As I snuggled under the softest blanket I had, a cup of coffee on my side table and my laptop on my lap, my fluffy white marshmallow of a cat crawled up next to me. He took his usual cautious steps onto my stomach as if it was going to suddenly collapse under him. But after some kneading, he managed to find an uncomfortably comfortable position, dividing me from my screen. I was half-watching an episode of The Office, half scrolling Instagram on my phone when he reached out with his paw and rested it on top of my hand.
I couldn’t help but experience this overwhelming feeling of companionship - this comfort and knowing of this beautiful, once wild creature who wanted to cuddle up with me and sleep. It got me wondering how far back human and animal companionship really goes.
The history of the domestication of animals
The domestication of animals is based on the ancient concept of quid pro quo. Humans and dogs or wolves were known to have teamed up more than 12,000 years ago for hunting purposes, both creatures benefitting from the others hunting capabilities. Cats, sheep, goats, pigs and cattle are among other species of animals that have been domesticated over thousands of years. Although, the domestication of them dates back to 3000 BC, cats have remained most similar to their wild ancestors.
Domesticating vs. Taming
Many have tried to make the argument that any animal can be domesticated over time - that wild animals like lions or primates enjoy living with their human caretakers in captivity. But as scientists have repeatedly pointed out, there is a big difference between domesticating and taming. Domestication is a matter of genetic modification over generations, while taming is simply behavioural changes, and according to the organization One Green Planet, taming is often done “by way of abuse, fear or starvation.”
“The process of domestication is incredibly difficult, in fact, of 148 large mammalian species, only 14 of them are domesticated.” But unfortunately, this doesn’t stop people from trying.
There’s been dozens of instances of people being attacked or killed by their exotic pets, no matter how long they’ve raised or trained them for. A woman was killed by her pet black bear, a man was kicked and killed by his 550-pound dear, and there’s been far too many cases of kids being killed by pythons or other snakes because the parents didn’t listen to all signs pointing to the fact that their so called ‘pet’ is actually an intelligent wild animal driven by instincts to hunt and feed.
What makes it possible for an animal to be domesticated?
Accordoing to evolutionary physiologist, Jared Diamond, animals can only be domesticated if they possess these six criteria:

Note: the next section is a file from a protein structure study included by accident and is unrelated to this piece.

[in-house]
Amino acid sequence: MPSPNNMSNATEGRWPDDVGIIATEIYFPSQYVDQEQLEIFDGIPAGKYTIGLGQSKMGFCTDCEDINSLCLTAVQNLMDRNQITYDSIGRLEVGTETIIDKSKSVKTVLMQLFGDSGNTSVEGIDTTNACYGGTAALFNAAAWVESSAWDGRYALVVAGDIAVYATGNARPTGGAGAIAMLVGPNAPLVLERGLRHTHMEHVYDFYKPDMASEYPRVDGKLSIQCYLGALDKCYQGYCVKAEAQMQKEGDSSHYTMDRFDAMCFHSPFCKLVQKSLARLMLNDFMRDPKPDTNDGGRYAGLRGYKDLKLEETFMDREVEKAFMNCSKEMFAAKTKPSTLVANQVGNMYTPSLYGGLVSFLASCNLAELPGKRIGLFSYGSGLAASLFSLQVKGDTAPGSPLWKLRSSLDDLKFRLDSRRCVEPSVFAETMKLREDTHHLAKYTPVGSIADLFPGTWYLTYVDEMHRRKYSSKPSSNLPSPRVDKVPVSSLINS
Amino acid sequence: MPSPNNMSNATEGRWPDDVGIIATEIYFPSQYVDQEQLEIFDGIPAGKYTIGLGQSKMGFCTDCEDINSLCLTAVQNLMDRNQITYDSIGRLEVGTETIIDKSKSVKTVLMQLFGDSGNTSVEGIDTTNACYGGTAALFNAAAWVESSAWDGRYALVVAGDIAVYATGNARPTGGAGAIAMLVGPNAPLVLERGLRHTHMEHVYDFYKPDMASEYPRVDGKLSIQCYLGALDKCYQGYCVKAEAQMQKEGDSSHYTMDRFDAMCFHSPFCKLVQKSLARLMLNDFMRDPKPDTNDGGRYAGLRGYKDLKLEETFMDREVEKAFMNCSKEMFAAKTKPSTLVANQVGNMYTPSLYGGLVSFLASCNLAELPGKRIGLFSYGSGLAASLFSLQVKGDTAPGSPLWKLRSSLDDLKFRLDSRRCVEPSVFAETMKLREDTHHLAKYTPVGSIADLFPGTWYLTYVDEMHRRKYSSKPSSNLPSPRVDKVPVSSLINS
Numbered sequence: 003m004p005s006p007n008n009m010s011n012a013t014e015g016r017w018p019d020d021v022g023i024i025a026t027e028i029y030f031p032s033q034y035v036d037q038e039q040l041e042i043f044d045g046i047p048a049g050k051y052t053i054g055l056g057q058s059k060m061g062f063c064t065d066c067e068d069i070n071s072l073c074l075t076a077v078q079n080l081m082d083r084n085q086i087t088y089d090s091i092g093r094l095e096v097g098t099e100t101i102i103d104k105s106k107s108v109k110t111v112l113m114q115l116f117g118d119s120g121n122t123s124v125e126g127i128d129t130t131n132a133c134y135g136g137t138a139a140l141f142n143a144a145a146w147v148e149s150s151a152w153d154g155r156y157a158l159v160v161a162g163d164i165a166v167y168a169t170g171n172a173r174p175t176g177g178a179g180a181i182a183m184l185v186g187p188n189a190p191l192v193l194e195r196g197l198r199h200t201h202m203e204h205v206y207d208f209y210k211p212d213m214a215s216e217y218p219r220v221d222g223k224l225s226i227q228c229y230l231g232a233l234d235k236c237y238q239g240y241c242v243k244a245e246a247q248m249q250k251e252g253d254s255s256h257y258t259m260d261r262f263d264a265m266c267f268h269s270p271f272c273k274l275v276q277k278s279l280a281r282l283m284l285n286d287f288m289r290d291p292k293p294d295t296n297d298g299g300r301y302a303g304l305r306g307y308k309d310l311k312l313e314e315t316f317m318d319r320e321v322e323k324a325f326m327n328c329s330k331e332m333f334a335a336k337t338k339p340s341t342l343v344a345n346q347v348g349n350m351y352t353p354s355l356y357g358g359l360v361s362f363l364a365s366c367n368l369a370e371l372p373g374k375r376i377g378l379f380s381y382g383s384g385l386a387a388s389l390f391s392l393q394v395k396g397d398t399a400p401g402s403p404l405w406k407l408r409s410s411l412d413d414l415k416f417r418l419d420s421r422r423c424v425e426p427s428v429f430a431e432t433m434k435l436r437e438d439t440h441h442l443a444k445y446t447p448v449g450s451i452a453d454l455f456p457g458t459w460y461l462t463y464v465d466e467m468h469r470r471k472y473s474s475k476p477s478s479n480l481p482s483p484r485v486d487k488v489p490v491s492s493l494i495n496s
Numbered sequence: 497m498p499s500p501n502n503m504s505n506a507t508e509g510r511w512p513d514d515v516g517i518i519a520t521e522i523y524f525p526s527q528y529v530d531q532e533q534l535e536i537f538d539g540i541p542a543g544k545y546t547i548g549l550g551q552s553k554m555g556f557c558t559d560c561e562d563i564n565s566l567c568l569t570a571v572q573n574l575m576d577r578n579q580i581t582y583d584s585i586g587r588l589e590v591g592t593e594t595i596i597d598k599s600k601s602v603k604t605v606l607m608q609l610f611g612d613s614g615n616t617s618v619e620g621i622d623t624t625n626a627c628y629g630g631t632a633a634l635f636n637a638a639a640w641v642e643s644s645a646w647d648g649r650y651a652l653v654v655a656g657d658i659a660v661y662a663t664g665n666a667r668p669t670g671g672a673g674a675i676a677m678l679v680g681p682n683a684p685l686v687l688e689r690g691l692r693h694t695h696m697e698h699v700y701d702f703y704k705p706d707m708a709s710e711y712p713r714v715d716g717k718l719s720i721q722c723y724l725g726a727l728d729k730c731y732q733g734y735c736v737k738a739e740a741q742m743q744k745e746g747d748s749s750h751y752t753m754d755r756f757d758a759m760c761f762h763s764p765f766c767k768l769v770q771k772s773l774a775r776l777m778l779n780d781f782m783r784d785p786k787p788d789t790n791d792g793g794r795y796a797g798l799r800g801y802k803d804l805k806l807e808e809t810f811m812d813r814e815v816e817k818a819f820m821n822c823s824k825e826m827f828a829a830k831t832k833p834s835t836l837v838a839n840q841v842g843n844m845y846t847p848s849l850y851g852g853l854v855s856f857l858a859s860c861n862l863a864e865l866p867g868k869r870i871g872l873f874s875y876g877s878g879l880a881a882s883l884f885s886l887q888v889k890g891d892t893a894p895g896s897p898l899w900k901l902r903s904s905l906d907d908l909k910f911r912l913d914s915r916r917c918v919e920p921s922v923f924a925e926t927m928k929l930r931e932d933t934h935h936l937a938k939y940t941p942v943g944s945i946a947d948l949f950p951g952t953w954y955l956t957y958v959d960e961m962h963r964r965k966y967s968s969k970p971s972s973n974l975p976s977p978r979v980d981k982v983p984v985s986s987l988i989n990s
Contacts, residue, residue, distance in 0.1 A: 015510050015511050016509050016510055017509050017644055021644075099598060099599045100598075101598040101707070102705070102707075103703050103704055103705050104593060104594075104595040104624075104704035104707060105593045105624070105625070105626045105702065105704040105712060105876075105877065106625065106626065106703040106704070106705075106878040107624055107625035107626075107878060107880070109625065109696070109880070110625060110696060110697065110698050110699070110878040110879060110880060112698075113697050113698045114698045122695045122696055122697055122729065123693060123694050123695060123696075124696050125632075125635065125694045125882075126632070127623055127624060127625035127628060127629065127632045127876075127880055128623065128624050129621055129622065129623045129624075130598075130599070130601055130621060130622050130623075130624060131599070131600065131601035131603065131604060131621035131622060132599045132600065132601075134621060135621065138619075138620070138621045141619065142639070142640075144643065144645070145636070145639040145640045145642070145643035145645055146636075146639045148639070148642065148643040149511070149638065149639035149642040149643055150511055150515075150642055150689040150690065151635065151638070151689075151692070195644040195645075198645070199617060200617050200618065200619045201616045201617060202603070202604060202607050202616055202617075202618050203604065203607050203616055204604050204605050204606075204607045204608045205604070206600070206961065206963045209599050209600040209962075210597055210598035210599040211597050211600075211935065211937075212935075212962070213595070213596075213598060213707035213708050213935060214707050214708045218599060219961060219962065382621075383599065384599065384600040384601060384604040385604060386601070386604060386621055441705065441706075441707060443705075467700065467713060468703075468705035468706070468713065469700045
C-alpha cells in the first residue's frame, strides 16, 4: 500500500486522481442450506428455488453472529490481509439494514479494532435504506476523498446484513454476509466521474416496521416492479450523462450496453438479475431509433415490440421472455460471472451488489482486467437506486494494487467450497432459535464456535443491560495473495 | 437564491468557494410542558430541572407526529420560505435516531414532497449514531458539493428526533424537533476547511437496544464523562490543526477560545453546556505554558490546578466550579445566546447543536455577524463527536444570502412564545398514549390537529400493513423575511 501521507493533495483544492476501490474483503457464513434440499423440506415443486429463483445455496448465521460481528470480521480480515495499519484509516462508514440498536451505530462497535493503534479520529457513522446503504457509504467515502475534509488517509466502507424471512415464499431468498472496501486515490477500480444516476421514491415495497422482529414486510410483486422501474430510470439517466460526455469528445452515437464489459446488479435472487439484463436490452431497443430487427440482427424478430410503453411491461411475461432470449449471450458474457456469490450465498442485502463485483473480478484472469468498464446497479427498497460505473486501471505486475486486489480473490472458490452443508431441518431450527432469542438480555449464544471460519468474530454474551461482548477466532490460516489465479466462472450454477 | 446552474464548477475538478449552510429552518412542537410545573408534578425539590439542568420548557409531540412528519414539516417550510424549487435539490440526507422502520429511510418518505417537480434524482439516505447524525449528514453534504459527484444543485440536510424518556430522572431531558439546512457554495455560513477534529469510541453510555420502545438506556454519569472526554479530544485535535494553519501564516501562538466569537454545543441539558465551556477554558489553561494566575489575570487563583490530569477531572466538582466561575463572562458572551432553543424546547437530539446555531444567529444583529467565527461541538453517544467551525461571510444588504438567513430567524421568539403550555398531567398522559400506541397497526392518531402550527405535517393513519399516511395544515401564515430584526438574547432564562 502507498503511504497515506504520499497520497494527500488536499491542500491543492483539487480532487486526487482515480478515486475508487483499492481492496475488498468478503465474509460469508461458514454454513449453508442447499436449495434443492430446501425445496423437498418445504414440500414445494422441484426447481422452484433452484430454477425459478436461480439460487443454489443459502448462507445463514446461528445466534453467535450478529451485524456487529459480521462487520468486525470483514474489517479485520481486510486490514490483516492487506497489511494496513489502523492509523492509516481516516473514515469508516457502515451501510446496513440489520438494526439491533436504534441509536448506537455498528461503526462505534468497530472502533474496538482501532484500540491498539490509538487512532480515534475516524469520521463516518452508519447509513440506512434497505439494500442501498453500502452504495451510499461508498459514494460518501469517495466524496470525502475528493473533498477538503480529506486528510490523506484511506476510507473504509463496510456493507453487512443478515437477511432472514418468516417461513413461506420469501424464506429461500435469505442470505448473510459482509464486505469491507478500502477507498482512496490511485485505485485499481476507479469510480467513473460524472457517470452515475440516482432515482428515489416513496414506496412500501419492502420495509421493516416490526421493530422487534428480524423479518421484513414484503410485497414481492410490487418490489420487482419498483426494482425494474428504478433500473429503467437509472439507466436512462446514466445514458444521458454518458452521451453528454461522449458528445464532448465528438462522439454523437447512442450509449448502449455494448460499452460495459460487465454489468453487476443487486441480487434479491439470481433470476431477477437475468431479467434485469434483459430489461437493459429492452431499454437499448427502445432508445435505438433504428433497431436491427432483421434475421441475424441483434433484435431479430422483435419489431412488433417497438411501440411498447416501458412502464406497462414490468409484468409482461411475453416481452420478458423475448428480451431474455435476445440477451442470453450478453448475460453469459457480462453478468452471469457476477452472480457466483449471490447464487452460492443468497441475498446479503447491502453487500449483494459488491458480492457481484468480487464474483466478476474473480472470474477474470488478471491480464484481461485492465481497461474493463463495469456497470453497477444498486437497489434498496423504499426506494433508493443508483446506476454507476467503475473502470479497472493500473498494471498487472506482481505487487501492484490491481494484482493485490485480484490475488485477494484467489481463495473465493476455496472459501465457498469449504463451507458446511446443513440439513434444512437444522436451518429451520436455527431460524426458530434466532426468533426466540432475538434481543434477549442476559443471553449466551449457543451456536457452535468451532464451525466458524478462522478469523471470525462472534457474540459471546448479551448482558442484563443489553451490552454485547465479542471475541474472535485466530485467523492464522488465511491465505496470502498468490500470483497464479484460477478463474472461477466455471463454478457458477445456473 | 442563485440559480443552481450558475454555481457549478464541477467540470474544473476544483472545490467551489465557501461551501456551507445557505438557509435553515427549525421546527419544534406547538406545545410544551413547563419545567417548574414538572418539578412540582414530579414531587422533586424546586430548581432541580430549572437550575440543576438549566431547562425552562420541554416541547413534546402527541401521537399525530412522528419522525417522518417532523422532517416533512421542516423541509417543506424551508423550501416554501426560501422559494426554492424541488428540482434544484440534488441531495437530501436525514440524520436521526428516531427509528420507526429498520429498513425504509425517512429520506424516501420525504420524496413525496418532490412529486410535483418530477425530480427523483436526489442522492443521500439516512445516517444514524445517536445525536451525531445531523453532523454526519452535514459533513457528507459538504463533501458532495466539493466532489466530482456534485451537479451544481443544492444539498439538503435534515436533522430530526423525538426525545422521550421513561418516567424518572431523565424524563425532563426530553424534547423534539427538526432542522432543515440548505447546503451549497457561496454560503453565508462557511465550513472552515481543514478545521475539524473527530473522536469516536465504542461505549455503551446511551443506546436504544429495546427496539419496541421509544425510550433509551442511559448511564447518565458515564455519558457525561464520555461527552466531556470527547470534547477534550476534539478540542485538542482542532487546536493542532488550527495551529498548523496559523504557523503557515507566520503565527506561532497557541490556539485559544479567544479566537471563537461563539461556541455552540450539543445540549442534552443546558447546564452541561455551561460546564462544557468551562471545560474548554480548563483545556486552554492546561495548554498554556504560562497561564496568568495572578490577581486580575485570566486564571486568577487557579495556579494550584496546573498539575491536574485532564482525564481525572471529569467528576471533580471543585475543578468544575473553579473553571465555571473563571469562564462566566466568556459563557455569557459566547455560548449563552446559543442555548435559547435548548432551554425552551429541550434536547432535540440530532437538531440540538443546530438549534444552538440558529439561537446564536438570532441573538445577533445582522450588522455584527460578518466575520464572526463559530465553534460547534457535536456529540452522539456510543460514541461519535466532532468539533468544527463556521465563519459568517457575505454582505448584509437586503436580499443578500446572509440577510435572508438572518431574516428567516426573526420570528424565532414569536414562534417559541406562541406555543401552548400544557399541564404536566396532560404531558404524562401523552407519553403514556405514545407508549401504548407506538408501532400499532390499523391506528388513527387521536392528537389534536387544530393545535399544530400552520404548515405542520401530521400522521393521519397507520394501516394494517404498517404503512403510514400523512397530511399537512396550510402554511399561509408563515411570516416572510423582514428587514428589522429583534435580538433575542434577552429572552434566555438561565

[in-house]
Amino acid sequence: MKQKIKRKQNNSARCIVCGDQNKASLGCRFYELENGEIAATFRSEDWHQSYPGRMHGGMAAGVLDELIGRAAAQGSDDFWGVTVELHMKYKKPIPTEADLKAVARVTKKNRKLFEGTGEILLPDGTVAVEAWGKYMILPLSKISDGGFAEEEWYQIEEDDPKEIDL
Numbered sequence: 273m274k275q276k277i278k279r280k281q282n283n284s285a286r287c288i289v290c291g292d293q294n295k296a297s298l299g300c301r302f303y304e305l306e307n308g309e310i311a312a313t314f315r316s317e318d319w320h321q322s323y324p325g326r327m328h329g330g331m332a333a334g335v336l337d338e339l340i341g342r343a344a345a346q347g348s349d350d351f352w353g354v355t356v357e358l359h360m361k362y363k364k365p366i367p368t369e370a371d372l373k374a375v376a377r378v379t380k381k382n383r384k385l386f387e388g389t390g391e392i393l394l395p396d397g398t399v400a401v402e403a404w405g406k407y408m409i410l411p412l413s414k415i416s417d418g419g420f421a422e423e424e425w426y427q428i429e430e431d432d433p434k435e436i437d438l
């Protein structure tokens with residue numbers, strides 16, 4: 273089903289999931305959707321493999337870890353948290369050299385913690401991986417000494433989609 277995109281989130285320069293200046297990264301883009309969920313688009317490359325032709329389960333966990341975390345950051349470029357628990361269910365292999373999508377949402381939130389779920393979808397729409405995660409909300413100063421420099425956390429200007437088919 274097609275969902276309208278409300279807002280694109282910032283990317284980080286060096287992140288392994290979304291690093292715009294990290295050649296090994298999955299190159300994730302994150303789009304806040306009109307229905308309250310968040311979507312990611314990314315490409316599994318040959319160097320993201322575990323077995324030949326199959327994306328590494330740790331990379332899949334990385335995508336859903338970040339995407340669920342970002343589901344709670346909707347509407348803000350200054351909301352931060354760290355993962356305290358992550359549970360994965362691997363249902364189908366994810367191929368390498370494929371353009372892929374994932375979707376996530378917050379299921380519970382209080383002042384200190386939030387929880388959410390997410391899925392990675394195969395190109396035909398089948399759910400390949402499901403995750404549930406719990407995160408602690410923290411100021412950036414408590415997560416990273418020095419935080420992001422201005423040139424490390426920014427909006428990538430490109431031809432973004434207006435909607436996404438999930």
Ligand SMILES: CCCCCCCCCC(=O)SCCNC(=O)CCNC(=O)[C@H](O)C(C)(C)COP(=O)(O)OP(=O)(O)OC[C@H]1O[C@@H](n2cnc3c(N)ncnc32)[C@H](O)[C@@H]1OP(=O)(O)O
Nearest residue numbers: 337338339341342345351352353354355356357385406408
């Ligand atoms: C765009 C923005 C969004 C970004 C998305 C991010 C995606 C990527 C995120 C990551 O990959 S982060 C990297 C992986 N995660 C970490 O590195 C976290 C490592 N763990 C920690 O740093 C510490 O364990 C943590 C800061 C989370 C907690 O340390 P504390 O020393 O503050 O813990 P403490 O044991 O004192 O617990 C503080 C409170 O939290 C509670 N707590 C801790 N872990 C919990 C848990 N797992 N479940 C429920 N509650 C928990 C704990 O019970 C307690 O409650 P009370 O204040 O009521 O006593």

- They can’t be picky eaters
- They must reach maturity quickly
- They must be willing to breed in captivity
- They should be docile by nature
- They can’t have the tendency to panic or flee when startled
- They should be able to conform to a social hierarchy (be dominated by their human caretaker)
So, while scientific evidence supports that most wild animals should never be kept as pets, frequent exposure to images of cute baby wild animals and ‘instaworthy’ selfies has been proven to make us believe it’s okay to treat these animals like pets.
A 2001 study, managed to prove that after people were shown images of primates standing next to humans, they were more likely to think that chimps would make good pets. Other research found that approximately 1,200 comments on a YouTube video of an endangered and often illegally traded species, the slow loris, said that they wanted one as a pet, yet so many of these creatures die from stress or illness in captivity.
There are many other instances of animals dying for people’s social media or dating profile pictures. There are cases of people taking selfies with baby seals who are abandoned by their spooked mothers because of close contact with humans. There was a similar case involving a baby bison at Yellowstone National Park where a calf had to be euthanized because it was shunned from the herd after visitors got too close. And there are of course more extreme instances such as baby dolphins being taken from a beach in Argentina, getting passed around for selfies, and dying from being out of the water too long.
Every now and then, I see bits of wild instincts in my cat, when he tries to catch birds in the backyard and thinks he’s invisible lying in the grass as a snowball of fur. But most of the time, he’s just an adorable, overweight fluff ball who loves to cuddle. That’s the difference between a domesticated cat and a wild animal.